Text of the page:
How to Prevent and Treat Car Sickness in Kids

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University Hospitals Rainbow Babies & Children'sExperts in Children's Health
A young girl listening to music on smart phone while looking out the window of a car

Car sickness is a common problem in young children—but don’t blame it on the car. It’s actually a form of motion sickness, a broader condition in which movement brings on symptoms such as dizziness and nausea. This problem may occur not only in cars, but also on boats, planes, trains and amusement park rides.

Why do some little ones feel sick more easily than others? Douglas Hackenberg, MD at University Hospitals Rainbow Children’s Medical Group, explains that the issue may be due to increased sensitivity in part of the inner ear that plays a key role in balance, as well as the brain receiving signals from eye, ears and other sensations.

Taking Preventive Steps

“Young children ages 2 to 12 are especially prone to motion sickness,” says Dr. Hackenberg. “If it isn’t managed, it can make traveling stressful for everyone. But by planning ahead, you can usually keep it in check”. He suggests trying these tips:

  • Use anti-motion sickness medicine. Dimenhydrinate (such as Dramamine) is sold in chewable tablets for kids ages 2 and older. It’s available without a prescription. This medicine should be given an hour before traveling, and one dose helps prevent symptoms for about six hours.
  • Consider child-sized acupressure wristbands (such as Sea-Bands) for additional help. Putting a band around each of your child’s wrists before beginning your trip may help relieve nausea by stimulating pressure points.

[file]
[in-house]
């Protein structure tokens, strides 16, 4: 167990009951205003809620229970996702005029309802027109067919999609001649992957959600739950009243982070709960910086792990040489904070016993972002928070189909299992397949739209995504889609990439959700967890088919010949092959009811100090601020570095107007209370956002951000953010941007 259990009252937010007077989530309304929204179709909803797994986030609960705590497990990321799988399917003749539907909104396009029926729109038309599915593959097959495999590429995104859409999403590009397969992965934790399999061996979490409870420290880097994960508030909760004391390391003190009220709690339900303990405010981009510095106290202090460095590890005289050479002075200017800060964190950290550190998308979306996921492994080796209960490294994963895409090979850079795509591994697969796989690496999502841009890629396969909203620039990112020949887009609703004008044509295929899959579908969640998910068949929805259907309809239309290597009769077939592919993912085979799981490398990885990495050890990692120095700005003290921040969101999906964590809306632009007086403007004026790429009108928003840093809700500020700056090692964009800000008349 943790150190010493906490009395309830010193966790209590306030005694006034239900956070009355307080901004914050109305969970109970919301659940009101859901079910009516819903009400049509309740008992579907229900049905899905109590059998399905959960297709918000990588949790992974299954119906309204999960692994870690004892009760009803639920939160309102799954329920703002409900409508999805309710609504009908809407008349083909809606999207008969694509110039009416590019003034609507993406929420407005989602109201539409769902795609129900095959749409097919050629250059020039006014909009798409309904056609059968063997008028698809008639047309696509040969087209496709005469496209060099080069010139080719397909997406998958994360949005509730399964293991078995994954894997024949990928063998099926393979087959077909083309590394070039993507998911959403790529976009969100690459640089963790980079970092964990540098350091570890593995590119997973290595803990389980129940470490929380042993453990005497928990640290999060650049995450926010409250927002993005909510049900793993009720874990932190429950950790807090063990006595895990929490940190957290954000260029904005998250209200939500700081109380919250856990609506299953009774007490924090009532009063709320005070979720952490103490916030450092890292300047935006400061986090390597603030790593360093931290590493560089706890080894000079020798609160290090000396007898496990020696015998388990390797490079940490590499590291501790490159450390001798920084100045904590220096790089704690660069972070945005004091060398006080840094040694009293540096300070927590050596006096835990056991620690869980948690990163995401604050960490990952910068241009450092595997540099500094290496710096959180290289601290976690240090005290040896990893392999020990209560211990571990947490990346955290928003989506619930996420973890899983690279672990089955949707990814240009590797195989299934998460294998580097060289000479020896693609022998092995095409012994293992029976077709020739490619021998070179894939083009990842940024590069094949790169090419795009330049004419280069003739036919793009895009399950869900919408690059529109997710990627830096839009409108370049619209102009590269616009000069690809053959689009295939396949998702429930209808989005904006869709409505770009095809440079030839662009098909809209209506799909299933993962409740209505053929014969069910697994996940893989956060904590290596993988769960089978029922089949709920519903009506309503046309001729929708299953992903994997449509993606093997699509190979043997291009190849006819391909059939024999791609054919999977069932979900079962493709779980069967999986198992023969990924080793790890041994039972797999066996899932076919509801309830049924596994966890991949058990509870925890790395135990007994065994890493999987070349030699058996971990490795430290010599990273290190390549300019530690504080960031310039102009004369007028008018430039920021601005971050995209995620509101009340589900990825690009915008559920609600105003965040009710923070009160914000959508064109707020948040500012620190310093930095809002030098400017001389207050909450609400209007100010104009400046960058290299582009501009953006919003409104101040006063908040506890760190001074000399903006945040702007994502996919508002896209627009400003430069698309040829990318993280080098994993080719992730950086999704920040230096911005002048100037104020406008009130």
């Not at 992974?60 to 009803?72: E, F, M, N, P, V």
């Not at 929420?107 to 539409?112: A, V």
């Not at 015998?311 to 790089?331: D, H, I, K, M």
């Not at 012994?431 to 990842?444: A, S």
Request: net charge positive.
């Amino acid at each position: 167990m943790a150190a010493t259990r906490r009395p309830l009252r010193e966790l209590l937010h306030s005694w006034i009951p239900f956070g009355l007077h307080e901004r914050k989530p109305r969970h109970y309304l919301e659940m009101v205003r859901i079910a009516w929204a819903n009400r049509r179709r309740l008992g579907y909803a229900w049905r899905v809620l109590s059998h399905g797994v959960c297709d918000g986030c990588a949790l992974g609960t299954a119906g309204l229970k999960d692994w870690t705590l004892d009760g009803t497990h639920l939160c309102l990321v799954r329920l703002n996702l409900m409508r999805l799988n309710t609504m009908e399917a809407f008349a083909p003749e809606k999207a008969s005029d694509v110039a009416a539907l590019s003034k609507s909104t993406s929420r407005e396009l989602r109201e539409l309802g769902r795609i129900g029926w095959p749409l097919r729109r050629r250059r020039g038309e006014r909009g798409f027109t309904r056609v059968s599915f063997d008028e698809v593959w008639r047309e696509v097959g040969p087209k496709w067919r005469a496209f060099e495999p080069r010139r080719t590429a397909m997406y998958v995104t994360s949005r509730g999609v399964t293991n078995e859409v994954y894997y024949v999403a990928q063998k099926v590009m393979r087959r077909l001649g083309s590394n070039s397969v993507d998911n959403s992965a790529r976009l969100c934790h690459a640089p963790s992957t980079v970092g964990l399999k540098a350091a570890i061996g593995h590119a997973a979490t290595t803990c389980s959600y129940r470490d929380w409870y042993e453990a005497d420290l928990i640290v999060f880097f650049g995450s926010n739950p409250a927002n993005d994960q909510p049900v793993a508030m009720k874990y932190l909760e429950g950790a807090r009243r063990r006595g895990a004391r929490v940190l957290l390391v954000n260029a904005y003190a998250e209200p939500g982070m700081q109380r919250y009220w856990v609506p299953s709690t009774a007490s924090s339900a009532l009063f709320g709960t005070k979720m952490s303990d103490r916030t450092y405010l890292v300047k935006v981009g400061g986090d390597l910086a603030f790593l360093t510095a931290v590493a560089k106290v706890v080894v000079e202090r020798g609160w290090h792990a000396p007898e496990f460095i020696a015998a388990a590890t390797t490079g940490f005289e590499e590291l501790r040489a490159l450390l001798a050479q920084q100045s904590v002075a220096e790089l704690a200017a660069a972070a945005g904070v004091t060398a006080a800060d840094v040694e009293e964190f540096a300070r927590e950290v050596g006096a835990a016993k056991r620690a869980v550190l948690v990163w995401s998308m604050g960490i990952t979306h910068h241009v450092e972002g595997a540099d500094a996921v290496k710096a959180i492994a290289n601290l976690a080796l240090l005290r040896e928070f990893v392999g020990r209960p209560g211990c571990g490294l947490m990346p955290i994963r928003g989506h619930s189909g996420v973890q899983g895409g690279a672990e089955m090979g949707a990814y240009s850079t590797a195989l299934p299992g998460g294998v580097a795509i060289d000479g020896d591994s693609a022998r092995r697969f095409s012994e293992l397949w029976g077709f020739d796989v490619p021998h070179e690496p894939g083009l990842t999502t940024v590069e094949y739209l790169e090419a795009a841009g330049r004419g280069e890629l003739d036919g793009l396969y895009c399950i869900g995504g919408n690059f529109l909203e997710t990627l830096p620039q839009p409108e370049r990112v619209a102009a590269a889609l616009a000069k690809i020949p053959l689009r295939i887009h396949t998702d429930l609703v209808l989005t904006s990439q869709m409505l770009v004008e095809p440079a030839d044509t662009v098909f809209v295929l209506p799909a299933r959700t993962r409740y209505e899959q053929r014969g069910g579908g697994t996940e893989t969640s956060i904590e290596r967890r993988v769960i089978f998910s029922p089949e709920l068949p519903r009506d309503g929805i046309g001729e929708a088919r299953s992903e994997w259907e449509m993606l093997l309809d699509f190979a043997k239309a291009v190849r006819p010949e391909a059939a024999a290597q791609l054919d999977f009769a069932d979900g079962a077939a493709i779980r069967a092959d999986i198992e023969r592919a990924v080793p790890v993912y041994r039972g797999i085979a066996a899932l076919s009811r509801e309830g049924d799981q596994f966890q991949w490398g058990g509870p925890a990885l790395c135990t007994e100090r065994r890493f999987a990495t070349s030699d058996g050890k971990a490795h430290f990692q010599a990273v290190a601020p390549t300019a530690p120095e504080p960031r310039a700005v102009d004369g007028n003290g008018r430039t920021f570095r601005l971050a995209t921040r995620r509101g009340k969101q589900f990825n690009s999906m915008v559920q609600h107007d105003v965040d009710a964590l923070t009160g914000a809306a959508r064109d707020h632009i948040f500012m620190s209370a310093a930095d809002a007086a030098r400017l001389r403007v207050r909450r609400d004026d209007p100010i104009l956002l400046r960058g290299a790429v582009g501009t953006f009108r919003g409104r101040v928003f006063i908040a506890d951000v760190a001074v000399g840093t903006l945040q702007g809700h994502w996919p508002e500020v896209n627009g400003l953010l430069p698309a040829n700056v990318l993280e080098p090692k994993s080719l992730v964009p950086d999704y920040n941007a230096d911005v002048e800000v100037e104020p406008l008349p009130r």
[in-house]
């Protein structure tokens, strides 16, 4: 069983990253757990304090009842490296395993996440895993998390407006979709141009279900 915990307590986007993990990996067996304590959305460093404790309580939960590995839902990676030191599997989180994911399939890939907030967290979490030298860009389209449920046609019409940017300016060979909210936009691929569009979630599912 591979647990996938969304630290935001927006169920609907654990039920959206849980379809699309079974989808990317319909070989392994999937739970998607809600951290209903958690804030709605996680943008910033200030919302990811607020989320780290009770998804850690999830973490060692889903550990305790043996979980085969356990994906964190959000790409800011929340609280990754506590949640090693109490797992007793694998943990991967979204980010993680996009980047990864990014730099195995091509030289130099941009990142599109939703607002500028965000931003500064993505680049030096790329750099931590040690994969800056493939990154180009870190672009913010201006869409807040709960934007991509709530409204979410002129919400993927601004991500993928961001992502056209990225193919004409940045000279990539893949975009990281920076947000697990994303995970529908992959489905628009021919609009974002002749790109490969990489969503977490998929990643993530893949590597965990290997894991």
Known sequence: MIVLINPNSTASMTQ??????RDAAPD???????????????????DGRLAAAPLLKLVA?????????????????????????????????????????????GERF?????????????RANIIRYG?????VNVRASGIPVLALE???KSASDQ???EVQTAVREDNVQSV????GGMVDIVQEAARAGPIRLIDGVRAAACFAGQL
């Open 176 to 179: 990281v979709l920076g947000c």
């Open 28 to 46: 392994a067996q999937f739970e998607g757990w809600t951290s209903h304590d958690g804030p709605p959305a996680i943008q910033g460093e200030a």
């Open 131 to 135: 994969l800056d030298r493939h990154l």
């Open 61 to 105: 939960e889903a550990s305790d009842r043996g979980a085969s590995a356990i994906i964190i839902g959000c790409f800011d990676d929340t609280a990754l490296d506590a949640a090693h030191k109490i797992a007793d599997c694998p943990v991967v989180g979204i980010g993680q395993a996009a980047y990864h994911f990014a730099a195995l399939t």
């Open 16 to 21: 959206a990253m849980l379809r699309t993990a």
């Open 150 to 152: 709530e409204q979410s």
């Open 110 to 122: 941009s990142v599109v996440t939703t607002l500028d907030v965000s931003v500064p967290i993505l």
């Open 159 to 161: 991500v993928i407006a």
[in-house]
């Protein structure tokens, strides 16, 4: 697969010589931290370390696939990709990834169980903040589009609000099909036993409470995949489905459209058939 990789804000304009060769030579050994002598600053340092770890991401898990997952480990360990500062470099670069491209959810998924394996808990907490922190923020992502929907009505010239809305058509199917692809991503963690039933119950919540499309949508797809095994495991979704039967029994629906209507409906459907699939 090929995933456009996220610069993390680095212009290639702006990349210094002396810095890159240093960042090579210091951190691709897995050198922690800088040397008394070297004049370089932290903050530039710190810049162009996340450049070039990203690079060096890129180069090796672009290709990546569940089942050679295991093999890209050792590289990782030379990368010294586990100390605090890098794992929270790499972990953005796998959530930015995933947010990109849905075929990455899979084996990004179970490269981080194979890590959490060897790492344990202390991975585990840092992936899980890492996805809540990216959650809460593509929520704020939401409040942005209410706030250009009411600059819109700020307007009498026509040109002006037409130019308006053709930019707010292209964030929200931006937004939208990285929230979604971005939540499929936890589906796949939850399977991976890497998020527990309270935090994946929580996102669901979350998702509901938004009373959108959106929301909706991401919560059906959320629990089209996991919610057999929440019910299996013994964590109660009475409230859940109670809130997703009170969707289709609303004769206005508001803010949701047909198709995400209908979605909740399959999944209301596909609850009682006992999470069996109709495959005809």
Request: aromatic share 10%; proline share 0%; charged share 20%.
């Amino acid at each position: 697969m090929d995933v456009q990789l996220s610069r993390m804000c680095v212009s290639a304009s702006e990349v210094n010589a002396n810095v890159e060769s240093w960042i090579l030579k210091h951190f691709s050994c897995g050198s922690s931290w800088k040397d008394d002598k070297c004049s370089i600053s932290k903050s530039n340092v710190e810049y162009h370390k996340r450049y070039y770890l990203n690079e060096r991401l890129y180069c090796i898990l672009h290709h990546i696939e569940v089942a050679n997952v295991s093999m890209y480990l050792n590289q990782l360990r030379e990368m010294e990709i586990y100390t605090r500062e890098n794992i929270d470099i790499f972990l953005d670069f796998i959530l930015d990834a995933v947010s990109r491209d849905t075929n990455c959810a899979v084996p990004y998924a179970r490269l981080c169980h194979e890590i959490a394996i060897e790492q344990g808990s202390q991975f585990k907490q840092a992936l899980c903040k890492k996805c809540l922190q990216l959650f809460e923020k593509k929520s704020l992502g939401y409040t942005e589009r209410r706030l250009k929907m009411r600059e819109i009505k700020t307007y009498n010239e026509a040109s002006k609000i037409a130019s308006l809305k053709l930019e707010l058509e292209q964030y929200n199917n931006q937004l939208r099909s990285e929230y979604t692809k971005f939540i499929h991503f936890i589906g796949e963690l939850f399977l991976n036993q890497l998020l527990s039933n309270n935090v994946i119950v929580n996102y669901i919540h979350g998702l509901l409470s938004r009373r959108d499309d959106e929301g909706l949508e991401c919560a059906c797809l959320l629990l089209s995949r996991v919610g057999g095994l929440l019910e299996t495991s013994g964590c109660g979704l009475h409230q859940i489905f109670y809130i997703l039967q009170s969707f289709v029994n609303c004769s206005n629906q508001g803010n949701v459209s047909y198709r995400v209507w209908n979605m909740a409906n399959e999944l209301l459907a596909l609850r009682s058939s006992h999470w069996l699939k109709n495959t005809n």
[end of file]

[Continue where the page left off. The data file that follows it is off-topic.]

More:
• Bring the right entertainment along. Looking at a book or device screen may trigger symptoms. Listening to music or an audio story is a better option.
  • Focusing on objects outside of the car. Sometimes fresh air and focusing attention outside of the vehicle can provide enough additional information to the brain to ease the cycle of motion sickness.

Caring for Motion Sickness

Many people associate motion sickness with throwing up. But in children younger than age 6, the main symptoms are dizziness and wanting to lie down. Other potential symptoms include unsteady walking, nausea and vomiting.

If symptoms of motion sickness have already begun, offer only sips of water until your child’s tummy settles down. Keep a vomit pan or bag handy, just in case. Encourage rest – your little one may even doze off.

“The good news is that motion sickness usually goes away within four hours after the motion stops,” says Dr. Hackenberg. “If the symptoms last for more than eight hours however, you should call your child’s pediatrician for advice.”

If your child feels dizzy or unsteady, and it doesn’t seem linked to movement, talk with your child’s pediatrician. This may be a sign of something else, such as vertigo (an abnormal spinning sensation) or other issues with the body’s balance system.

Related Links

University Hospitals Rainbow Babies & Children’s has the region’s largest coordinated network of pediatric primary care providers, committed to delivering the very best care to children of all ages, including routine immunizations. Find a UH Rainbow pediatric practice near you.

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